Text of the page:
MATRIXSYNTH: TIPTOP AUDIO HAPPY ENDING KIT TO SKIFF CONVERSION

Friday, August 04, 2017

TIPTOP AUDIO HAPPY ENDING KIT TO SKIFF CONVERSION


TIPTOP AUDIO HAPPY ENDING KIT TO SKIFF CONVERSION from Station 252 on Vimeo.

"In December 2010 Tiptop Audio released Happy Ending Kit that made affordable all in one (power module, rails, rack ears and PSU) entry into eurorack a reality. Those of us who lived way outside the eurorack supply center like Berlin ordering a case was very expensive. I already had a Modular World case, but anything else was not an option and by the time I wanted to expand MW went out of business. So for me HEK was a blessing. Later on I bought two extra uZeus power modules as I wanted to try and build my own case but installing bus boards and sourcing power supplies wasn't something I wanted to do. So again uZeus and Z Rails were an easy and a very affordable solution. As it turned out I didn't need the third uZeus as one was enough to power my 6U DIY case. At some point I had the possibility to get the big second hand Doepfer Monster case from SchneidersLaden that a friend brought on a plane (100 euros overweight). At that point I sold my HEK, rails and the two uZeuses.


After a while I moved to Berlin and as a result I had to sell the monster. I got myself Tiptop Audio station 252 so I can travel with it on the plane. We all know though that any system inevetably will grow and as I am mostly playing live I got myself a brand new HEK. Originally housed in a 3U SKB shallow rack it became increasingly frustrating to carry around so I decided to build a skiff - a table top wooden enclosure for my HEK. On closer examination of Z-RAILS I realized that due to the rails profile I could do a much faster, much easier and slimmer skiff that I originally thought. Even better, I found a plywood exactly the same width as the Z-Rails profile angle. This video is the build of my latest one. It is already the fourth skiff that I build and the third one using Z-Rails and uZeus. the original 84hp HEK skiff (without the rack ears) is used as FX rack - it perfectly fits on top of our Mackie 1604-VLZ3. The other two are 104hp black rails used as front rows for the 2 Tiptop Audio Mantis cases we use for playing live. The fourth skiff is the 84hp super slim one that I build to house the Verbos touch Keyboard - that one has its own power connector on the front panel so the case can be very slim. It is the only one I build using the cheep rails sold at SchneidersLaden to see how different the building process would be. Those rails have softer aluminum. The build itself was more complicated, less precise and I wouldn't use those again unless I absolutely had to. The keyboard though does look sexy surrounded by black frame.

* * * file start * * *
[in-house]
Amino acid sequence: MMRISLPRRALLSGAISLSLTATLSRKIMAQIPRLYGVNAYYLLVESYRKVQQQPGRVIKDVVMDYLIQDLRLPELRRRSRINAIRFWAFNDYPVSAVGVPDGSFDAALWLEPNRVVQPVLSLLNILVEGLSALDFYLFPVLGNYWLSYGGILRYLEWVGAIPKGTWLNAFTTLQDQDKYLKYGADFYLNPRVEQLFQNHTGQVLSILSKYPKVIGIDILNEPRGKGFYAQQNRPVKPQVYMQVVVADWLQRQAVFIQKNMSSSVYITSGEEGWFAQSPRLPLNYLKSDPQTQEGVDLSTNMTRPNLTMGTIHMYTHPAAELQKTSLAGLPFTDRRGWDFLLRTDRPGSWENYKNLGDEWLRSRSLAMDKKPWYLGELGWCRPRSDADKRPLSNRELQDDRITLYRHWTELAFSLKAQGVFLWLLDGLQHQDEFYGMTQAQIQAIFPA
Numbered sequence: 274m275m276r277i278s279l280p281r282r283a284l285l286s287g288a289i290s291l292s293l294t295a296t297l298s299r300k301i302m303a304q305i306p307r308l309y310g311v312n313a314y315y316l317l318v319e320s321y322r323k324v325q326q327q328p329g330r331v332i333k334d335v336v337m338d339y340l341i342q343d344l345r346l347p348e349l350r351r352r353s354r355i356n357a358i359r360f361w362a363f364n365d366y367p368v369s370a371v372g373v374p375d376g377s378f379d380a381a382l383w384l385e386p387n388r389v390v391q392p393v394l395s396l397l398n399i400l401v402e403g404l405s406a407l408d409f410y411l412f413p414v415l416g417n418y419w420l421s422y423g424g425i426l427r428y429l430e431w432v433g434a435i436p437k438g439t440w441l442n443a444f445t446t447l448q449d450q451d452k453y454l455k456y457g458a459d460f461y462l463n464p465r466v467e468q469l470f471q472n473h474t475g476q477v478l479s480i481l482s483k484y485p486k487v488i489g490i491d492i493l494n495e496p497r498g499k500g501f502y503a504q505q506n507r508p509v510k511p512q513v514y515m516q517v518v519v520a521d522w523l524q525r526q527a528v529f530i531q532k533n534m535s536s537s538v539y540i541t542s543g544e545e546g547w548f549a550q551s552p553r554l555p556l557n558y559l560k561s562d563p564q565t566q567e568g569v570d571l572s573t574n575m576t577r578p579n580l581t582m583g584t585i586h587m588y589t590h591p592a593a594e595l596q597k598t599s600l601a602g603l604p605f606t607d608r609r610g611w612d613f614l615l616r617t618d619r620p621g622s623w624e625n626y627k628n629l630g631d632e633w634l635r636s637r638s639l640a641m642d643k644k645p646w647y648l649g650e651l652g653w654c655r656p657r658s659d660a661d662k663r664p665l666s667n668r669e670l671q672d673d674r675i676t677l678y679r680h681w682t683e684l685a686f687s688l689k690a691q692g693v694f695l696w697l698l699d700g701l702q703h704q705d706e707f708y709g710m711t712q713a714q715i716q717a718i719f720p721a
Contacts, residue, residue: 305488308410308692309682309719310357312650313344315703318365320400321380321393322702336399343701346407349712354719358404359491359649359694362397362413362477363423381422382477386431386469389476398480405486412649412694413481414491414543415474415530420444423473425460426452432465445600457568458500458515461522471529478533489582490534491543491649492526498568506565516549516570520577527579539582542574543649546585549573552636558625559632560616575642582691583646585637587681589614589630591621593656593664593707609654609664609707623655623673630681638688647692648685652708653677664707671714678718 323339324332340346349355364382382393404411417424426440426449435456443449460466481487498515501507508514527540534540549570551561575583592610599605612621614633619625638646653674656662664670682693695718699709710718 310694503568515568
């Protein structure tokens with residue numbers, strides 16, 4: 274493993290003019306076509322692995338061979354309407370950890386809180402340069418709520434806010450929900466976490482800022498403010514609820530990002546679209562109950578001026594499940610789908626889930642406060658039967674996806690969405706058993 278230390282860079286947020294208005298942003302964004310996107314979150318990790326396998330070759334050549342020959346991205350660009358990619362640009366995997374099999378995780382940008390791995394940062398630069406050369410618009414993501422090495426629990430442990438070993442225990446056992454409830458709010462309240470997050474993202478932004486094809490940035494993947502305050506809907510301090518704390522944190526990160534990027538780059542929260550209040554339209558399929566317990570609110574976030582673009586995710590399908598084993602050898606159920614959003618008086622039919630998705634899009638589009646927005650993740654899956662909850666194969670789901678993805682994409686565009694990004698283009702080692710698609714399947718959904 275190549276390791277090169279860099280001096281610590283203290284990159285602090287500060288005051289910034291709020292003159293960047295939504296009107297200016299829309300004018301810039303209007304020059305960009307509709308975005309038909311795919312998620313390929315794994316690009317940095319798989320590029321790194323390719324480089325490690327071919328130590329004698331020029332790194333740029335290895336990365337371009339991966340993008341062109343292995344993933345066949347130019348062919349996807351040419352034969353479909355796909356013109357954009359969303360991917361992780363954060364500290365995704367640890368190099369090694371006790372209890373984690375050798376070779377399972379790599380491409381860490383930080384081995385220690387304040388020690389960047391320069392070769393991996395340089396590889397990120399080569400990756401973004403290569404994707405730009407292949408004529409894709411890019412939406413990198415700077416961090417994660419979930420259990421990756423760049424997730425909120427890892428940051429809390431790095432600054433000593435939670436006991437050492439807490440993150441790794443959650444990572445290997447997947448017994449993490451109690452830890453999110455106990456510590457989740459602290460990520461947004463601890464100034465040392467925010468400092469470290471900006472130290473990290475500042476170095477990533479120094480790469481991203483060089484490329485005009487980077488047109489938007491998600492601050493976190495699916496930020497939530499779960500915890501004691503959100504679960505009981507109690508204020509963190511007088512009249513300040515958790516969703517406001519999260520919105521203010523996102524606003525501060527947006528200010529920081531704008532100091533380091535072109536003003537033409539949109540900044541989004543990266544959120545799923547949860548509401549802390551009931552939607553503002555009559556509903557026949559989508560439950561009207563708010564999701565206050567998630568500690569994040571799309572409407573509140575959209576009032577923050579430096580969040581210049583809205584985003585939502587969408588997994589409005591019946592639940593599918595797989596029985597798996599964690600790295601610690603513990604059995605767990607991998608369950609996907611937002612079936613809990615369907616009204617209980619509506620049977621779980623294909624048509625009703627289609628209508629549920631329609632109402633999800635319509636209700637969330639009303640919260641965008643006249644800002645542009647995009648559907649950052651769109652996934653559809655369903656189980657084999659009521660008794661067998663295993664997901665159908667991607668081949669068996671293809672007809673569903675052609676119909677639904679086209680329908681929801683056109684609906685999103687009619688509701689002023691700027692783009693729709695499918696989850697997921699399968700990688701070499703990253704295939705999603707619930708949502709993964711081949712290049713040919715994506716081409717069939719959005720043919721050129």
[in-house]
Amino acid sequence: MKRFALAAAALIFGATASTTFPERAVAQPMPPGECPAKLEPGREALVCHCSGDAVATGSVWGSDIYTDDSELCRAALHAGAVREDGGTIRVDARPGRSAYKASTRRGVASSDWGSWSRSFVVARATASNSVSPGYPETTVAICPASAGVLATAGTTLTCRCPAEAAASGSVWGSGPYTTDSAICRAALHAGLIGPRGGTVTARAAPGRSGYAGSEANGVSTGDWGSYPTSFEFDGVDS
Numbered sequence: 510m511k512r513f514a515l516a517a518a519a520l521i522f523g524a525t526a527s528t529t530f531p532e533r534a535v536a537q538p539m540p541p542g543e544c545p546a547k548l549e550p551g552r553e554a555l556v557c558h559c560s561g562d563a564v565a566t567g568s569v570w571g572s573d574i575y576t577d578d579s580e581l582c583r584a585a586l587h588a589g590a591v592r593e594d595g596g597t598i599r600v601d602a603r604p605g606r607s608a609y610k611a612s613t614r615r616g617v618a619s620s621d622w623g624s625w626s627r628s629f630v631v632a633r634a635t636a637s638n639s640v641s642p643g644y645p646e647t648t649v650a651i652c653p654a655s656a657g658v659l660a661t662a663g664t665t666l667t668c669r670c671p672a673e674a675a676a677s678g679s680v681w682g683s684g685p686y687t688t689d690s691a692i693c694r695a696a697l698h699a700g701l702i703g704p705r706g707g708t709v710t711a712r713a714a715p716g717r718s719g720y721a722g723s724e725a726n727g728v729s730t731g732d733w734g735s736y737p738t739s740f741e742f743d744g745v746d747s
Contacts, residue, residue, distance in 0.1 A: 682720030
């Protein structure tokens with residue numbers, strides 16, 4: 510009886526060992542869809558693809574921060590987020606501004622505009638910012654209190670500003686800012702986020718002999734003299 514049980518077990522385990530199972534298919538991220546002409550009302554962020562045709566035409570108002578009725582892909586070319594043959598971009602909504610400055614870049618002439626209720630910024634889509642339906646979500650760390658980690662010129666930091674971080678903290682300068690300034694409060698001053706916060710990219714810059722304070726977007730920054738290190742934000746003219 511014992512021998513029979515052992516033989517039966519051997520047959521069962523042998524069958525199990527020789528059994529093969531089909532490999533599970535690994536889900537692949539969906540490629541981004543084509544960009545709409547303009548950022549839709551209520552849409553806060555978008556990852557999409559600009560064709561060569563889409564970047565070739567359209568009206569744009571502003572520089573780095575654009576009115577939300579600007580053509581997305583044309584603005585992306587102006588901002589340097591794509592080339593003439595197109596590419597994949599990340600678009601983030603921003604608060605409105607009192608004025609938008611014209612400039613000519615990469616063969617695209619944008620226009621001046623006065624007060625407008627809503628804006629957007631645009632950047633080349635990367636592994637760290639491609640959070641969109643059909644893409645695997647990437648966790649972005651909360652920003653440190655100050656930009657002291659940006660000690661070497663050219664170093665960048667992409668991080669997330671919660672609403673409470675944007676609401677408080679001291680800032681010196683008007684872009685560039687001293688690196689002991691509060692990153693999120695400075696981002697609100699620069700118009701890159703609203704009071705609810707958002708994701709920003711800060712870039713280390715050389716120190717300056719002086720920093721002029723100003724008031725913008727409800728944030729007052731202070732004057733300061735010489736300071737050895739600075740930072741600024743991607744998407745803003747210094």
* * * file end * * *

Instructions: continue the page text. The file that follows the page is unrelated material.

I am not a carpenter, not an electric engineer either, but I have some tools at home for knocking up some stuff at home like shelves for shoes and so on, nothing fancy but sturdy and practical, even though not particularly beautiful. Prior to the latest skiff I used a hand held electric saw to cut the wood - it is extremely dangerous and annoyingly not precise - all my prior skiffs are not cut very good, but still good enough to house Z-Rails. This time I decided to invest (119 euros) in a circular precision micro saw - now everything is as precise as I need it to be.

If you already own a Happy Ending Kit - it is extremely cheep, fast ( a couple of hours) and easy to convert it to a skiff and it is a matter of 2 minutes to convert it back! If you don't have it, getting Z-Rails and a uZeus would be still very affordable build:


Price list:

Partially pre-cut wood - 6.43 Euro

Modulor Berlin couldn't cut it any smaller, so I had to cut the rest myself, If someone you know can cut to size, then you don't need to cut anything at all.

10x rubber fits (need 4 for the skiff) - 1.20 Euros

4x M4 rails mounting screws - 0.52 Euros"

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